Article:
It is 1960. When Jennifer Stirling wakes up in the hospital, she can remember nothing-not the tragic car accident that put her there, not her husband, not even who she is. She feels like a stranger in her own life until she stumbles upon an impassioned letter, signed simply “B”, asking her to leave her husband.
Years later, in 2003, a journalist named Ellie discovers the same enigmatic letter in a forgotten file in her newspaper’s archives. She becomes obsessed by the story and hopeful that it can resurrect her faltering career. Perhaps if these lovers had a happy ending she will find one to her own complicated love life, too. Ellie’s search will rewrite history and help her see the truth about her own modern romance.
I will never understand the appeal of stories where the sole driver of the plot is the characters’ inability to communicate like adult human beings. This whole story revolves around two people who were supposedly so good at communicating their feelings to each other that they fall madly in love, very quickly. Yet, when it comes time to plan their lives together they are suddenly so bad at communicating they mess everything up.
I get the first miscommunication, girl got into a car accident, loses her memory (amnesia, the truly unique plot point), and when she remembers she was in love with someone her husband tells her he died in the car accident. Fine. Let’s overlook the fact that she could’ve read the newspaper articles about the accident, gone to his grave, looked him up AT HIS JOB. Whatever. It’s the ‘60s, she’s a housewife, supposed to not be good at that shit. Fine. But then, four years later, surprise! He’s not dead! But oh no, now she’s got a kid and is afraid her husband won’t let her take the kid with her. So of course, she spends the night with him, tells him she could never be with him, runs away. TWO DAYS LATER she gets what she needs to leave her husband and keep her kid and when she tries to find ‘the love of her life’ AT HIS JOB she’s told he went to Congo. Sane, normal woman that she is, she takes off to Congo to find him. Finds out she can’t get to Congo because war and murder and governments and she’s white and a woman. So she turns around, goes straight back home, AND GIVES UP. The love of her life keeps working at the same job for FORTY YEARS and she never goes back to look for him. You’re expecting me to believe that neither of them moved and yet they didn’t run into each other for forty years?! This is not a love story or a romantic storyline; this is insanity, or at least stupidity. Would authors please stop trying to sell this narrative as ‘long lost love’ and ‘meant to be’ and ‘oh how sweet, now they get to be together when they’re old and dying’? Because it’s dumb and it’s unrealistic and it’s crap. If these people were truly in love they wouldn’t have given up when it was clearly so easy for them to find each other. And if they were willing to give up on each other so easily, they clearly weren’t in love, and they would’ve settled down with other people at some point in the LAST FORTY YEARS.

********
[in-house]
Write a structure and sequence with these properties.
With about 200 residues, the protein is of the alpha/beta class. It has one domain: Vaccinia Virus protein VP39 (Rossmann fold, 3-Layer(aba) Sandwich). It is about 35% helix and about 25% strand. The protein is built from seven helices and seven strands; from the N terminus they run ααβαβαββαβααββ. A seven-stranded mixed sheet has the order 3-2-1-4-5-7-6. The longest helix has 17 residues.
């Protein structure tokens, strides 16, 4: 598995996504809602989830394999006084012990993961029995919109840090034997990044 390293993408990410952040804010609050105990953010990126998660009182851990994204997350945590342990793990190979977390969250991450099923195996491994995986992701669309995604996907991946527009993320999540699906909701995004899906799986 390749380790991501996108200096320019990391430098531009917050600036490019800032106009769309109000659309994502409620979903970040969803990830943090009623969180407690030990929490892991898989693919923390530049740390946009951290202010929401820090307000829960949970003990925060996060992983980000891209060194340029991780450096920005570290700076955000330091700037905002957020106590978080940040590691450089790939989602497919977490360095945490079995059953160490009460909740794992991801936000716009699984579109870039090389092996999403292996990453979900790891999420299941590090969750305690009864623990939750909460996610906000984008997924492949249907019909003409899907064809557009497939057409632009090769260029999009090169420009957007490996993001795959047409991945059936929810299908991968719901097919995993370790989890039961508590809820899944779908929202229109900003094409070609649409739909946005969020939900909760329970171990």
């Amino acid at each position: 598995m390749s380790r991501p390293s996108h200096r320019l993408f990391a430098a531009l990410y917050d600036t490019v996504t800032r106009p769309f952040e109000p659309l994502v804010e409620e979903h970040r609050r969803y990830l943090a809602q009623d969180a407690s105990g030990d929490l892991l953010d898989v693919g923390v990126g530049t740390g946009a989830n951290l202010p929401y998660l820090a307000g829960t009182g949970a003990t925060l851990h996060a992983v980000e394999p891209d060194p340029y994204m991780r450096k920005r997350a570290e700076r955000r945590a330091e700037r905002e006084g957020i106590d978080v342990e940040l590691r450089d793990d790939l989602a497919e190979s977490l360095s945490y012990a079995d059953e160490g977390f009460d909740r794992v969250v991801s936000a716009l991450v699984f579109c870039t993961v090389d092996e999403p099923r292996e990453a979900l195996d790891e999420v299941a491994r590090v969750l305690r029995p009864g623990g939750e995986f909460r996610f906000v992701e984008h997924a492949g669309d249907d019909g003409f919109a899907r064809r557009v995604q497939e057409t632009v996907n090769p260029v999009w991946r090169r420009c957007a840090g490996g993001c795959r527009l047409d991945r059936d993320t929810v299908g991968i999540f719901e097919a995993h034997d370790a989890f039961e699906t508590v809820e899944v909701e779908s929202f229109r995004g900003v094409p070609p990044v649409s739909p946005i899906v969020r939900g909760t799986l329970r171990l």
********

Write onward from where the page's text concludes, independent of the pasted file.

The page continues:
That is everything important that happened. Read the review, not the book. Don’t encourage this lazy narrative – we’ve all read at least five other books with this exact story, we didn’t need another one.